Schools are faltering, for lack of funding.
Prisons are bulging, for lack of alternatives.
The economy is struggling, for lack of growth.
Local governments are slashing, for lack of support.
But what’s the big concern down at the Legislature? Making sure that folks can take their guns to town council meetings.
Rep. Brenda Barton and others have ushered through the House a bill that would provide extra protection for the rights of people with concealed carry permits to take their guns anywhere they want — including meetings of the town council or the board of supervisors.
We can’t imagine why the state Legislature should take up this issue at all. Town councils and boards of supervisors seem perfectly capable of determining whether they feel safe letting the folks packed into the council meeting pack heat. Seems like we’ve heard the Legislature whine and complain about federal regulations — insisting that the level of government that’s closest to the people will govern most in accord with the popular will. Seems like a sensible principle to us.
Payson’s recent brushes with gun-toting citizens have underscored the point. That includes one persistent council critic with a concealed carry permit who inquired about security measures then bought a gun. Turns out, he used an out-of-date address when he bought the gun — which got him arrested. But barring his paperwork glitch, he could sit in the front row with his gun on his lap and the police couldn’t do a thing about it.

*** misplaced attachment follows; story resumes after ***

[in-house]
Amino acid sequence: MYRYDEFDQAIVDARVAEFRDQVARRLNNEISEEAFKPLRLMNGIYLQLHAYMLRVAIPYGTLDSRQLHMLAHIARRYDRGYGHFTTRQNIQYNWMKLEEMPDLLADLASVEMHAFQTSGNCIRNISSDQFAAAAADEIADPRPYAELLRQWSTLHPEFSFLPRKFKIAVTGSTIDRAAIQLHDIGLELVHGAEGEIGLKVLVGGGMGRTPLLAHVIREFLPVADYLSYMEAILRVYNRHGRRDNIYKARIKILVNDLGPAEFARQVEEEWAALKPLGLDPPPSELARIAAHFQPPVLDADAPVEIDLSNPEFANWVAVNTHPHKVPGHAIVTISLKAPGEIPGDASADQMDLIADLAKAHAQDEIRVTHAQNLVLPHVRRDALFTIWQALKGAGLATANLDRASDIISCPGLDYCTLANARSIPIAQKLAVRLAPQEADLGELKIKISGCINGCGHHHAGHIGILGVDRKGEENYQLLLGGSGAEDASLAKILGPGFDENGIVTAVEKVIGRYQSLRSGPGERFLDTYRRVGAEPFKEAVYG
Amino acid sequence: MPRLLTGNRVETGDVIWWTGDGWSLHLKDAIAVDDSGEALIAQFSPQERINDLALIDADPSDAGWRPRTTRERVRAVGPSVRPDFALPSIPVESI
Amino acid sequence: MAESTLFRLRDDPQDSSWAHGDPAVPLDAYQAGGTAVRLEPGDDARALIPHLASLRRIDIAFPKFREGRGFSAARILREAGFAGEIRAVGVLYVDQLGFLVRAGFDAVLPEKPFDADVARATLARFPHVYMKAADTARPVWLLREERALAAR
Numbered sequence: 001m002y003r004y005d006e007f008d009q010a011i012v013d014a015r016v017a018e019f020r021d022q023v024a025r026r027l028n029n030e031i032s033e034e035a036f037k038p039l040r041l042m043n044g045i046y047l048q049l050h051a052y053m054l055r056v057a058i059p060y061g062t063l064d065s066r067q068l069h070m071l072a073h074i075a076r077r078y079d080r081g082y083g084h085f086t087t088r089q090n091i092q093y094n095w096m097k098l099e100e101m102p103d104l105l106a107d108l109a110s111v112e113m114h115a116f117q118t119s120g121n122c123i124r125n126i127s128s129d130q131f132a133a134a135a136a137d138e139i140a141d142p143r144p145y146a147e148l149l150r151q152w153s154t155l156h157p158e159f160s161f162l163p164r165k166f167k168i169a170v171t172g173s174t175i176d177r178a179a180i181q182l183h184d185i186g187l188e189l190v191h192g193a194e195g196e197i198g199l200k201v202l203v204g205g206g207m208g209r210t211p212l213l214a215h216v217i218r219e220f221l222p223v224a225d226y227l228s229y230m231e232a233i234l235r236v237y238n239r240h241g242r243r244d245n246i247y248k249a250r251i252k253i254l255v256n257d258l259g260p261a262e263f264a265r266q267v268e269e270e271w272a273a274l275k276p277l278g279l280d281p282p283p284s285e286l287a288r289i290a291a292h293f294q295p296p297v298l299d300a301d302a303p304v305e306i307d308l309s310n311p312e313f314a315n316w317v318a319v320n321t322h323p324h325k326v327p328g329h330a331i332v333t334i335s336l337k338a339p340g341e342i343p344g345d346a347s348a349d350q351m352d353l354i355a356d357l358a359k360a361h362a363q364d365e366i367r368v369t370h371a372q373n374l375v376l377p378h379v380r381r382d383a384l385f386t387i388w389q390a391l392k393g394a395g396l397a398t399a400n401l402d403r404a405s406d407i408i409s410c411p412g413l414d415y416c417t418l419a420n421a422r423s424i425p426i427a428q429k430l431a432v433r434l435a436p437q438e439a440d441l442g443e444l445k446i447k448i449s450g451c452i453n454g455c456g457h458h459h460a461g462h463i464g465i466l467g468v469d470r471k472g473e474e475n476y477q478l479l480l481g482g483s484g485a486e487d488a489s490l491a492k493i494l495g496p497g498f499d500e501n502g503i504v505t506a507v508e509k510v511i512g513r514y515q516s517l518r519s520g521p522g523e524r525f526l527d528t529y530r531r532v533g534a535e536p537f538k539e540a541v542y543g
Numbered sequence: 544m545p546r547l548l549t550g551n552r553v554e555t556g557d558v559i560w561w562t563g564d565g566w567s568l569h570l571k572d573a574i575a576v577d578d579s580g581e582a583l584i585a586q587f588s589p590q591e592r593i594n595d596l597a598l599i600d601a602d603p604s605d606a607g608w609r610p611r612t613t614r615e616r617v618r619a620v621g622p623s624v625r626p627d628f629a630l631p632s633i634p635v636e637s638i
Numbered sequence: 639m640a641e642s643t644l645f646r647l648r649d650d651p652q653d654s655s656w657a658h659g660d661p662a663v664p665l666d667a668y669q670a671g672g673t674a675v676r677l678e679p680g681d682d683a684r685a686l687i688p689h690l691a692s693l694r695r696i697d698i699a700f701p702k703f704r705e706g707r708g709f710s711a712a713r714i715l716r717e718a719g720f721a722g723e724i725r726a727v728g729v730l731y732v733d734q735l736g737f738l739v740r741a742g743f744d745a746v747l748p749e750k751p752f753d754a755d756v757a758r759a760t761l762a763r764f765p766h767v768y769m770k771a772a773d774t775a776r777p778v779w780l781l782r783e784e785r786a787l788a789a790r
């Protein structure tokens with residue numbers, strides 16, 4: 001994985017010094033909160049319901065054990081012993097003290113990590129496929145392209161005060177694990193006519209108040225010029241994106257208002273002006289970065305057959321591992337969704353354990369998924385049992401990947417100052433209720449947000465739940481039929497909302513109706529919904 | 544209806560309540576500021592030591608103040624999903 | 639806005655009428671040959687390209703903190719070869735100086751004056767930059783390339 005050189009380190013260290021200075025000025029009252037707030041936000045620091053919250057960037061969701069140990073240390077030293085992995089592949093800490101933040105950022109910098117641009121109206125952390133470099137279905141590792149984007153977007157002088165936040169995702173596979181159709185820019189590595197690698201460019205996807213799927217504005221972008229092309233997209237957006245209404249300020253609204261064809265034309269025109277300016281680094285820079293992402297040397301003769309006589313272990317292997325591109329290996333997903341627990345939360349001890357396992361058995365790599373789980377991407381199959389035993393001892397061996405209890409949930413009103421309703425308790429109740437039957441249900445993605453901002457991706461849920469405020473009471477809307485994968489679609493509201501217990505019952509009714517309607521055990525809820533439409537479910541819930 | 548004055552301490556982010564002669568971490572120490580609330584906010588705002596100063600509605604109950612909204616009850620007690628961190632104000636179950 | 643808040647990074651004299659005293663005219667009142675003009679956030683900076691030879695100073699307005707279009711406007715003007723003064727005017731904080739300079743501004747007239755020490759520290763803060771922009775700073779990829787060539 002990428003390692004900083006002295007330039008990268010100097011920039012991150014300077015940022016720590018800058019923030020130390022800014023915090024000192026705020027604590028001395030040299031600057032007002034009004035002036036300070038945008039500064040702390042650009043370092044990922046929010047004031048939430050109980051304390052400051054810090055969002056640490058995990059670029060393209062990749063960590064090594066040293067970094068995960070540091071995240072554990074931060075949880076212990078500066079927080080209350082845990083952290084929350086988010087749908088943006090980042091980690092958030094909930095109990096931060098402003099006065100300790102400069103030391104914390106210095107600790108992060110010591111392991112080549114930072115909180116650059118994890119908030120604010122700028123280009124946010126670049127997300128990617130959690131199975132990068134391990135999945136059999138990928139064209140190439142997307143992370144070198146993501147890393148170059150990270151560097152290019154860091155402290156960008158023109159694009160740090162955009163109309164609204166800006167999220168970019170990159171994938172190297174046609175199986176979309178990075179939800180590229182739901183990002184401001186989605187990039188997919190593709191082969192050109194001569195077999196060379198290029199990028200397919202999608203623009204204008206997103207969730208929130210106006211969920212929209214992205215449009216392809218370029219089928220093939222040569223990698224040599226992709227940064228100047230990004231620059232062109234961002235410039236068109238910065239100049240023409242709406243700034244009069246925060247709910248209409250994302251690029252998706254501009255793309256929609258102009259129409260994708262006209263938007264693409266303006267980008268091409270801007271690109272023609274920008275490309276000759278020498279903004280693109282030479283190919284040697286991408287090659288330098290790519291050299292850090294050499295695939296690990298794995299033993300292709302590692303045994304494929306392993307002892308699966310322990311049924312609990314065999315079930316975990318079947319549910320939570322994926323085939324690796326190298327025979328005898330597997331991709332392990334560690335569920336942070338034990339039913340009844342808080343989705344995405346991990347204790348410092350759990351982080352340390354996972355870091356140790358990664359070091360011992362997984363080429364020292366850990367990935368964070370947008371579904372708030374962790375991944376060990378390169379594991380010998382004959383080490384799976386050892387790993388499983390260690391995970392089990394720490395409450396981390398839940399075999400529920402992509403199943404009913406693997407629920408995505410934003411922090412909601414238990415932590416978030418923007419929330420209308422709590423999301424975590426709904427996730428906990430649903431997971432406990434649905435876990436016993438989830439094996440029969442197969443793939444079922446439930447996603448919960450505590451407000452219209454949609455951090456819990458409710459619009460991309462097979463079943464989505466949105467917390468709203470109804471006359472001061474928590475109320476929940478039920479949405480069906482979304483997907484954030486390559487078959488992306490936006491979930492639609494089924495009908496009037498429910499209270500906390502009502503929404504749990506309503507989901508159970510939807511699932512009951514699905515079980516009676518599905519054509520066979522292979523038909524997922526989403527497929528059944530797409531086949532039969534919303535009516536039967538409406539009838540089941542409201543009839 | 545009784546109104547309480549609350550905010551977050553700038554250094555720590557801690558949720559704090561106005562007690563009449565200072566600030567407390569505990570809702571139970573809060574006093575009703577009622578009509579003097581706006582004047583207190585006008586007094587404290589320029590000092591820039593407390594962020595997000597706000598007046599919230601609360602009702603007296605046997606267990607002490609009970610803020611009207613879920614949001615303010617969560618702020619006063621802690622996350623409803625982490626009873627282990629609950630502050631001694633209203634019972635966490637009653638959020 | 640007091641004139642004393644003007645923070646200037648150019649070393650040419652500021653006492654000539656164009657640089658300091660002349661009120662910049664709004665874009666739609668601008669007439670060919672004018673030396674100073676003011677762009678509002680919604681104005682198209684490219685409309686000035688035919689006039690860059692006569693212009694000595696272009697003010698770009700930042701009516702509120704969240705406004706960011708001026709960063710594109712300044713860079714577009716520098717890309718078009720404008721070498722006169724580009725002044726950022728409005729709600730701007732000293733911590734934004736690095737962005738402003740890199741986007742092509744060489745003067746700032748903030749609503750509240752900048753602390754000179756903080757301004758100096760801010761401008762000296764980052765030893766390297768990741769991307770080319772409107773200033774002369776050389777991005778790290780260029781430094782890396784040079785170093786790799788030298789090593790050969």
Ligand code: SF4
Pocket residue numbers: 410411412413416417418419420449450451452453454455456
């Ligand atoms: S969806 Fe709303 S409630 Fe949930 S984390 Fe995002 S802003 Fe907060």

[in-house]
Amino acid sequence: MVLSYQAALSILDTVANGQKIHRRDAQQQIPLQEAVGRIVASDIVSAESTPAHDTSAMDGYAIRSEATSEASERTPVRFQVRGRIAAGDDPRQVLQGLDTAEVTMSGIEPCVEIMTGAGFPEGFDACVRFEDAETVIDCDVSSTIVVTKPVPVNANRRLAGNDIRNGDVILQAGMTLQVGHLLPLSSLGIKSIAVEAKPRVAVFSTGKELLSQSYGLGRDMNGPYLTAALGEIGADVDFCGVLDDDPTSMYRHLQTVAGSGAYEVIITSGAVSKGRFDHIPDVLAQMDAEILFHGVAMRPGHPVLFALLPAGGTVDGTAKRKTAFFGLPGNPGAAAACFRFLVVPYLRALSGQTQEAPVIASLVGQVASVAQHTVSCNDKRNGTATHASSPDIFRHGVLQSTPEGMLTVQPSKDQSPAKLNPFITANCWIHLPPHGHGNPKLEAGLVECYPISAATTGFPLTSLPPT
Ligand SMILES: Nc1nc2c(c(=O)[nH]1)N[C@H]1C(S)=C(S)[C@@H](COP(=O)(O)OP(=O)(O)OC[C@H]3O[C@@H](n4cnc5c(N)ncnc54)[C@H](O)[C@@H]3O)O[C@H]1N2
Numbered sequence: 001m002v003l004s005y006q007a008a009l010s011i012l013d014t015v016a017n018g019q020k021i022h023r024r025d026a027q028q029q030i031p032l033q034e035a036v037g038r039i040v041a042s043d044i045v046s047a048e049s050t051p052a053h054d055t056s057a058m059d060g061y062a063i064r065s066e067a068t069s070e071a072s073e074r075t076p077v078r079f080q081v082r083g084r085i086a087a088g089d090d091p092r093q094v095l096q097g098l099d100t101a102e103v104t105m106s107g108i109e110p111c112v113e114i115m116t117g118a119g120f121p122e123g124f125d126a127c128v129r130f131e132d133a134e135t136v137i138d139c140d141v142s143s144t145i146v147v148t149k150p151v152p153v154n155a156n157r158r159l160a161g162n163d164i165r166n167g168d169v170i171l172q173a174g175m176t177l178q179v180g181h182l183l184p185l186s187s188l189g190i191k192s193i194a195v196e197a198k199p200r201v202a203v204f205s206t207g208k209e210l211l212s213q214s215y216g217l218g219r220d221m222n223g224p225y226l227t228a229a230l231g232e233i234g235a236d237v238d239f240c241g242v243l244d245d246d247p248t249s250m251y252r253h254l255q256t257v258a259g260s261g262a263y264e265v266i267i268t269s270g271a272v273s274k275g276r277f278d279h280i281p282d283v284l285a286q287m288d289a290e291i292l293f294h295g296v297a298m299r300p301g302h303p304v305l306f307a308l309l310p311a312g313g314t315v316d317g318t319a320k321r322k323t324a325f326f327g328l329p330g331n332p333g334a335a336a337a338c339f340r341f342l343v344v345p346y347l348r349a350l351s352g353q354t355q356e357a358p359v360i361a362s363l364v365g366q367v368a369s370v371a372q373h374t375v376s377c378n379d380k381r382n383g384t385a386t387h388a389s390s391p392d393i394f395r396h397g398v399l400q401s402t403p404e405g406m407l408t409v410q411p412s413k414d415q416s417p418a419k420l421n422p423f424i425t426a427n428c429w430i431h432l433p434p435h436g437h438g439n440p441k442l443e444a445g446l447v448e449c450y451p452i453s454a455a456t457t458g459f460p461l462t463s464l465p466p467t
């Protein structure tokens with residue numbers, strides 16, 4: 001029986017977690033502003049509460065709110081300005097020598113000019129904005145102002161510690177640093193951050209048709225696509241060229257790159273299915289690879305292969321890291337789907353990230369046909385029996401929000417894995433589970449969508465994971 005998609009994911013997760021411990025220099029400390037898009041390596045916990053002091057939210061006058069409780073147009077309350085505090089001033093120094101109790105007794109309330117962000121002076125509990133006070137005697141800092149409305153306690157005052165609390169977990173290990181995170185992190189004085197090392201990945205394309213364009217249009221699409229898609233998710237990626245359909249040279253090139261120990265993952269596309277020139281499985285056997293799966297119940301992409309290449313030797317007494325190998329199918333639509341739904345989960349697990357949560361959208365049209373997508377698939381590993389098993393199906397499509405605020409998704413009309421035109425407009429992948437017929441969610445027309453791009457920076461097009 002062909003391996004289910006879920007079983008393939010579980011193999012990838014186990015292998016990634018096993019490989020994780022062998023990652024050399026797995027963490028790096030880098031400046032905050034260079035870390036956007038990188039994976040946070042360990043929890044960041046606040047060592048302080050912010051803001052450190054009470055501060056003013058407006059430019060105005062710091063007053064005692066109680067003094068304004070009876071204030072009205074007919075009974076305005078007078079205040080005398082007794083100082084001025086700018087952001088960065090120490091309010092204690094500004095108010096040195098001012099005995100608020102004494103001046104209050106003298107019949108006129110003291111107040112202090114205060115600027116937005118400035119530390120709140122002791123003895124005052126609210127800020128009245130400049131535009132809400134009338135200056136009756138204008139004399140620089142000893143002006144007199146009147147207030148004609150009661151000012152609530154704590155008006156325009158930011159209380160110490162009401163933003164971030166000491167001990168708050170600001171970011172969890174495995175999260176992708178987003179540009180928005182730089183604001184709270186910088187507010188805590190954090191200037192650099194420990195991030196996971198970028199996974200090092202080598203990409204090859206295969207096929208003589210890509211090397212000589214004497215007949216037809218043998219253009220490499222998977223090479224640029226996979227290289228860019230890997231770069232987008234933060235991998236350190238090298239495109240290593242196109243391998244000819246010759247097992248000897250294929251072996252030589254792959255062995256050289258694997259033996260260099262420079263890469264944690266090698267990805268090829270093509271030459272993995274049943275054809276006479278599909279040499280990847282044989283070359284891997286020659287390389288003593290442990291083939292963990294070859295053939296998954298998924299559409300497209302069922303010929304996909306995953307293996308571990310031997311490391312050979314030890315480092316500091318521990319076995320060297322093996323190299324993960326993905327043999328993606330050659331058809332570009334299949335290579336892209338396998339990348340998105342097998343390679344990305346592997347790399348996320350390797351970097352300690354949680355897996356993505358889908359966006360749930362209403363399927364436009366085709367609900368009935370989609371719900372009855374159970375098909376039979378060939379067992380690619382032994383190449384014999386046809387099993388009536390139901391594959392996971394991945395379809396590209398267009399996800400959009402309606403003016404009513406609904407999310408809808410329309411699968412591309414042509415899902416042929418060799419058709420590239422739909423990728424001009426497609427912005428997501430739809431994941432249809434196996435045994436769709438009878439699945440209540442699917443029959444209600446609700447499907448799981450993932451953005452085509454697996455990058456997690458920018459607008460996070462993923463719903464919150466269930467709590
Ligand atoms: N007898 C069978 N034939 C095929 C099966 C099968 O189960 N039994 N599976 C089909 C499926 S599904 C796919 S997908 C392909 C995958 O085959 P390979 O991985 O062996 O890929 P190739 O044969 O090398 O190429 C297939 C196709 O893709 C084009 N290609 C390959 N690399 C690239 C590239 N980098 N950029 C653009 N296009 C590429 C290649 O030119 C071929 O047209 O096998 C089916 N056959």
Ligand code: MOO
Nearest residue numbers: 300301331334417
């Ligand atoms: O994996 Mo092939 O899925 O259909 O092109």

Now, Rep. Barton rightly points out that the town couldn’t keep him from bringing his gun to a council meeting under current law, unless it provided gun storage lockers near the door. Under the new law, it will still have to provide gun lockers for all the irate citizens without a concealed carry permit — but will have to provide metal detectors to stop the folks with a permit.
Which begs the question: Why does anyone have to bring a gun to a council meeting under any circumstances? And why can’t a town council set its own rules — enforced by its own police department?
We suggest the state Legislature quit pandering to a narrow constituency and devote itself to our faltering schools, our bulging prisons, our sluggish growth — and quit messing with the poor towns and counties.